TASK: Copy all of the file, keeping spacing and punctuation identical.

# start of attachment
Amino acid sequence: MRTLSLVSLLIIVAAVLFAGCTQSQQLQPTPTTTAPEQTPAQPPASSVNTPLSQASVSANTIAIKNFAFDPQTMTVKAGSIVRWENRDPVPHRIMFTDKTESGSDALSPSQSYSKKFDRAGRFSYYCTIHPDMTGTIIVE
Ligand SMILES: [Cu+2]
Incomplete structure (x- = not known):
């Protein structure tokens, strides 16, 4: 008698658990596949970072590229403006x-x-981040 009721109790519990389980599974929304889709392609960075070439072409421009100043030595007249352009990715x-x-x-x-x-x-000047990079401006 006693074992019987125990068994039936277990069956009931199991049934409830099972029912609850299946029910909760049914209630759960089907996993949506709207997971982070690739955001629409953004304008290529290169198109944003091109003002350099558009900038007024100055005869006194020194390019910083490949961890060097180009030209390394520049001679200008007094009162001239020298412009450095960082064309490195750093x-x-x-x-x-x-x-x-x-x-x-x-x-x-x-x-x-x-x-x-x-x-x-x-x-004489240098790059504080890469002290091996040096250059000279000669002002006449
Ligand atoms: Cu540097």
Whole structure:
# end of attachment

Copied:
Amino acid sequence: MRTLSLVSLLIIVAAVLFAGCTQSQQLQPTPTTTAPEQTPAQPPASSVNTPLSQASVSANTIAIKNFAFDPQTMTVKAGSIVRWENRDPVPHRIMFTDKTESGSDALSPSQSYSKKFDRAGRFSYYCTIHPDMTGTIIVE
Ligand SMILES: [Cu+2]
Incomplete structure (x- = not known):
């Protein structure tokens, strides 16, 4: 008698658990596949970072590229403006x-x-981040 009721109790519990389980599974929304889709392609960075070439072409421009100043030595007249352009990715x-x-x-x-x-x-000047990079401006 006693074992019987125990068994039936277990069956009931199991049934409830099972029912609850299946029910909760049914209630759960089907996993949506709207997971982070690739955001629409953004304008290529290169198109944003091109003002350099558009900038007024100055005869006194020194390019910083490949961890060097180009030209390394520049001679200008007094009162001239020298412009450095960082064309490195750093x-x-x-x-x-x-x-x-x-x-x-x-x-x-x-x-x-x-x-x-x-x-x-x-x-004489240098790059504080890469002290091996040096250059000279000669002002006449
Ligand atoms: Cu540097």
Whole structure: